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Wednesday, December 30, 2009


Trophy Axis Buck that did NOT Get Away!

With the acorns still falling at Escondido Ranch, Jon and I knew we had to hunt hard to find the trophy axis buck he had yet to harvest in spite of his many years of deer hunting. With little chance of a trophy size animal walking up to a deer feeder, the evening after Christmas, we started our hunt at a stand overlooking an area in a nearby canyon where live oaks were adjacent to an axis deer bedding site.

As expected, the feeder went off and not a single axis deer, or deer of any type, for that matter, came to the feeder. The live oak grove 400 yards away, however, had axis does and whitetail does feeding on an abundant acorn crop.

We slipped out of the blind and stalked closer to see what else was feeding beneath the trees. Glassing over the area, we could see bull elk and cow elk, whitetail bucks and whitetail does, fallow bucks and even young axis bucks, but no trophy size axis bucks. With daylight nearly gone, we headed to the main lodge for some rest and Betty's fine cooking.

By the following morning, the temperature dipped to a very frosty 19 degrees. After a night of trying to stay warm, the axis deer were likely to fill up on oats, rye grass, and perhaps even hit a feeder or two. As a result, for that morning's hunt, we settled on Rattlesnake Blind located on an oat patch. From the blind's perch, we could keep watch over a known axis bedding spot located across the river as well as the nearby oat patch and the feeder.

As soon as the sun began caressing the top of the tree line, axis deer and blackbuck antelope began moving across the river valley. But, alas, no trophy class axis deer in sight. Even though, axis deer hunting requires patience, ours was running low as the cold began to seep through the multiple layers of heavy clothing.

Finally, we spotted a young axis buck peering from out of the brush. In spite of the shivering cold, we set still. Finally, after about twenty minutes, the young axis buck moved out into the open field. With an axis deer now feeding in the open, we felt more confident that other axis would soon join him. The added confidence also boosted our resolve to weather the cold.

The sun began to peak from just over the hill, when suddenly, a group of axis bucks appeared out of the canyon and directly into the morning sunlight. I squinted as I glassed over the herd of axis bucks and whispered to Jon to get ready his rifle. As Jon brought his gun up towards the window, he accidentally tapped the inside of the blind and the resulting noise resinated in the cold air causing the ever-alert axis bucks to start moving towards the cover along the edge of the field.

I continued to scan the group of animals, and that's when I saw a wide, trophy axis buck in velvet. With excitement and anticipation, I directed Jon's attention towards the trophy class animal. Jon quickly found the axis buck in the scope. I gave him the go-ahead and moments later a shot shattered the morning's stillness. Through the binoculars, I saw the axis deer stumble as if hit, before it disappeared into the heavy brush cover. Now, we had to wait. Even though I was certain Jon hit the axis buck, it is always better to be patient and if necessary allow the deer to bed down and expire.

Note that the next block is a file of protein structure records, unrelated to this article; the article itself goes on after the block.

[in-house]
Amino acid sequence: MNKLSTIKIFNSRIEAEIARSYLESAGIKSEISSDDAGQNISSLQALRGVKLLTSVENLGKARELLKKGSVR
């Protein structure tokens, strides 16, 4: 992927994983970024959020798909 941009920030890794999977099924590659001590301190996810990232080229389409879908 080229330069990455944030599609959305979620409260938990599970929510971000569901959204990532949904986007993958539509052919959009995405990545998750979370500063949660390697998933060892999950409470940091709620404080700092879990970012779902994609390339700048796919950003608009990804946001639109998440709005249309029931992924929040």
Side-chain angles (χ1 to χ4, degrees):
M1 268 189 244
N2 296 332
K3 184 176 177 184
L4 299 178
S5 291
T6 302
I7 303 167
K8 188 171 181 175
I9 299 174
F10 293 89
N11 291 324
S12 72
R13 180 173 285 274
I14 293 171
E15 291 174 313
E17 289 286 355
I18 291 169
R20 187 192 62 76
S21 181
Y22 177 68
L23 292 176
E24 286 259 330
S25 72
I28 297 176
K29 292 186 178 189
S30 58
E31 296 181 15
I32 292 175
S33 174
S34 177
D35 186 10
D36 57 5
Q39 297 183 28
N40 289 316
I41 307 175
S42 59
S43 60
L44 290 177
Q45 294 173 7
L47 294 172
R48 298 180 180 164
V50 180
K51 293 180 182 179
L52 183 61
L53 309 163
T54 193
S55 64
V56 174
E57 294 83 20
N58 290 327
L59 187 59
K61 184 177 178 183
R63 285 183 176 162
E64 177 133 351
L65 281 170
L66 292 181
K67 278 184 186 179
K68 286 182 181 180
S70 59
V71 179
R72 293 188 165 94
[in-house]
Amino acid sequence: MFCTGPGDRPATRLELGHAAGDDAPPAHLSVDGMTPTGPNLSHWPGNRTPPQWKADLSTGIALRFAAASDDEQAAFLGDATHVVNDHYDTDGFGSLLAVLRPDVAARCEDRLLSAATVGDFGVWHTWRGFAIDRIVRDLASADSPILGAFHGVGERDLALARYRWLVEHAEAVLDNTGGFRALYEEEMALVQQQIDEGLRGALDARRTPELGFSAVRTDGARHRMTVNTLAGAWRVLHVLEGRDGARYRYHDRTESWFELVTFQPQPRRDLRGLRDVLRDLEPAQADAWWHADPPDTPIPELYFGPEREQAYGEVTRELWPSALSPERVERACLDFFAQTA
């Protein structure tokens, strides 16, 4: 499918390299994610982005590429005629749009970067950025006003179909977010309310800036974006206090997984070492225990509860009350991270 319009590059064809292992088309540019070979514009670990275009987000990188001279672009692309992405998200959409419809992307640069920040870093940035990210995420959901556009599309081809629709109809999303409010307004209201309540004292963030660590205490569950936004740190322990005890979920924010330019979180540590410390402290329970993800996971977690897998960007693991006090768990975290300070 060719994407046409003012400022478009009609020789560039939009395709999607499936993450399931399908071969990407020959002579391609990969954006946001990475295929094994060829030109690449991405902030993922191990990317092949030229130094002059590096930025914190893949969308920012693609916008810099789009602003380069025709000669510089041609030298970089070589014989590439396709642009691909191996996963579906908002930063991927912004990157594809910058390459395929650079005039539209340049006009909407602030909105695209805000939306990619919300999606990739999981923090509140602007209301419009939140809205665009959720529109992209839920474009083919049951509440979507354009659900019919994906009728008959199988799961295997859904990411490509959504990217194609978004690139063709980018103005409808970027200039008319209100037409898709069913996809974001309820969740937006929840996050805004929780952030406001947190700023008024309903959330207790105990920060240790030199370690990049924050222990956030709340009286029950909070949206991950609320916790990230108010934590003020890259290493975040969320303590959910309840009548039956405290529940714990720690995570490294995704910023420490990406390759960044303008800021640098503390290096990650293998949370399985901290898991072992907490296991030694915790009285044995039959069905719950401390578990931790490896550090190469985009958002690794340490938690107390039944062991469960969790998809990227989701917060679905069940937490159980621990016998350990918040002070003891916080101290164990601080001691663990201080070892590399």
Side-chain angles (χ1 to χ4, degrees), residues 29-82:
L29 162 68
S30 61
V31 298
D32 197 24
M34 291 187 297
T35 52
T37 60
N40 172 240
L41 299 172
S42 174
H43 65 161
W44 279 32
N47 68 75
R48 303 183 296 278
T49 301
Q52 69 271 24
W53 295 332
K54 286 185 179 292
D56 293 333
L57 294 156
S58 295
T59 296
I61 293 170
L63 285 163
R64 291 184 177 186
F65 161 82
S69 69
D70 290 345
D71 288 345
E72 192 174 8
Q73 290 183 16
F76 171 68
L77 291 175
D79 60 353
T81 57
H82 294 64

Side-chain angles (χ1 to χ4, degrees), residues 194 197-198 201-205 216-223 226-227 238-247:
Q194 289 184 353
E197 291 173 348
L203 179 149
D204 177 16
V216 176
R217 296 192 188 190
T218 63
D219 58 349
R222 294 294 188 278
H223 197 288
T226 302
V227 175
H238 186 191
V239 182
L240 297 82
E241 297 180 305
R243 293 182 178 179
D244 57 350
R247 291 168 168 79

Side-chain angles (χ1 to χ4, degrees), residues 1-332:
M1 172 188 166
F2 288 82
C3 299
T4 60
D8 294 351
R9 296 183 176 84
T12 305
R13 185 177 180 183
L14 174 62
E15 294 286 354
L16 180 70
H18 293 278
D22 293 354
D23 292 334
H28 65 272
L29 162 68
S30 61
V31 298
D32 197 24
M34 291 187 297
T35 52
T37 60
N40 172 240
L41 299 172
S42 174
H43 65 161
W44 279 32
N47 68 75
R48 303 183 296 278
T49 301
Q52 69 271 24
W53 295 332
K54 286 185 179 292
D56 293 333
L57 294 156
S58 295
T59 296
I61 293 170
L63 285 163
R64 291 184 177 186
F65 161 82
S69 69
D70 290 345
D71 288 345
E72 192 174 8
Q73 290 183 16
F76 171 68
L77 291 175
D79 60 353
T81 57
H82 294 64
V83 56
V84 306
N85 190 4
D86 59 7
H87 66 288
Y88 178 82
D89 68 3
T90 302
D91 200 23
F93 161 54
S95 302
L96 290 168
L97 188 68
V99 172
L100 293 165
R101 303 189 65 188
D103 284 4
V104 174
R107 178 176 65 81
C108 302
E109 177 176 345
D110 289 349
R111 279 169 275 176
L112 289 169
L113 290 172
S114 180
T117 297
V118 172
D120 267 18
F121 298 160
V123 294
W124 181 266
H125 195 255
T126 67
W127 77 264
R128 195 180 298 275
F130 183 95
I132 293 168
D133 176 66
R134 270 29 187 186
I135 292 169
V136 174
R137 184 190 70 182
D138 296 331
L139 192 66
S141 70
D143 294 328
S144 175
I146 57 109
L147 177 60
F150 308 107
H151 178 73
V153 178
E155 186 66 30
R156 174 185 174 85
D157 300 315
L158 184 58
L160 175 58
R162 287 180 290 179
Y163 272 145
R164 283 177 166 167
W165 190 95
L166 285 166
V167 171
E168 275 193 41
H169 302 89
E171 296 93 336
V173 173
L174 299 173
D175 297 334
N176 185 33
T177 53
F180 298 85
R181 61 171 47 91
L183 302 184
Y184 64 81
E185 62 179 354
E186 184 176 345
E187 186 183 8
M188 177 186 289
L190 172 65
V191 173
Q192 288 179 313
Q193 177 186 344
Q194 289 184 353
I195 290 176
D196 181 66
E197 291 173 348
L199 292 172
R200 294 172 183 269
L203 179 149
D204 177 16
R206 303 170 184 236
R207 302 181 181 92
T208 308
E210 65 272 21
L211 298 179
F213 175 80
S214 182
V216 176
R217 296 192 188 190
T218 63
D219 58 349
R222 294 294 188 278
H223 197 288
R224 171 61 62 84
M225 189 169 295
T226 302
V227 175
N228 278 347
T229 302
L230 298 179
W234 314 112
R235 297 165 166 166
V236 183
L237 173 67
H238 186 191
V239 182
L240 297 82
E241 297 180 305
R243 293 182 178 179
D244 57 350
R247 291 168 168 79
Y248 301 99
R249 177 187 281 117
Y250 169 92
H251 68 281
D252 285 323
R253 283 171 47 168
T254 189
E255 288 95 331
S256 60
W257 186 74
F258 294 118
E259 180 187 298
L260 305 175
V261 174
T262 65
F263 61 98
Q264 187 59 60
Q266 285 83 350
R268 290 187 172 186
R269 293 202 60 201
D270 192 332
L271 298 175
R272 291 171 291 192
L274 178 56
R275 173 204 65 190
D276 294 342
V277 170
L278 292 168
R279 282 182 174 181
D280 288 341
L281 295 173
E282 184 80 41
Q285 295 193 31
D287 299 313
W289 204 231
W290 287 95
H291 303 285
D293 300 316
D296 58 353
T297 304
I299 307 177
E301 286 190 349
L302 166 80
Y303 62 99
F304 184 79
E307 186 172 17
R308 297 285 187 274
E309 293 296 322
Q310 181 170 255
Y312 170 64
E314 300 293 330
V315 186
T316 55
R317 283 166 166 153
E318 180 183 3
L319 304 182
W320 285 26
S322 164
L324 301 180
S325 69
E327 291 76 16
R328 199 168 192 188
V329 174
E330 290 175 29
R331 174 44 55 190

After thirty anxious minutes, with Jon questioning his 150 yard shot into the sun, we descended from the blind and walked over to where the axis deer was standing at the time of the shot. To our astonishment, we could not find blood, hair or any indication that the axis buck had even been hit. We scoured the frozen ground for any signs. Jon's excitement quickly morphed into concern.

After a thorough, localized effort, we finally decided to expand our search on a deer trail away from where we thought the axis buck had entered the brush. As we stepped onto the trail, to our relief... there it was, the axis velvet buck... stone cold dead! It was an awesome axis deer with an unusual spur off his main beam and an extra point on each of his eye guards.

From the Hunter:
I would like to thank you, your wife and Escondido Ranch foreman for the best hunting experience of my life. The accommodations and staff at your ranch were the best I have ever seen. You all made my trip a once in a lifetime opportunity.

I appreciate the kindness shown to me by all of you and hope to come visit you all on a future hunt. If you ever need any references, I would recommend you and your ranch to anyone looking for a quality hunt and exceptional staff.

Thank You for the hospitality, you and your wife have a lovely home, and I appreciate your kindness in allowing me join you for the weekend.

You all were the best.

Jon L Tanner
Houston, Texas

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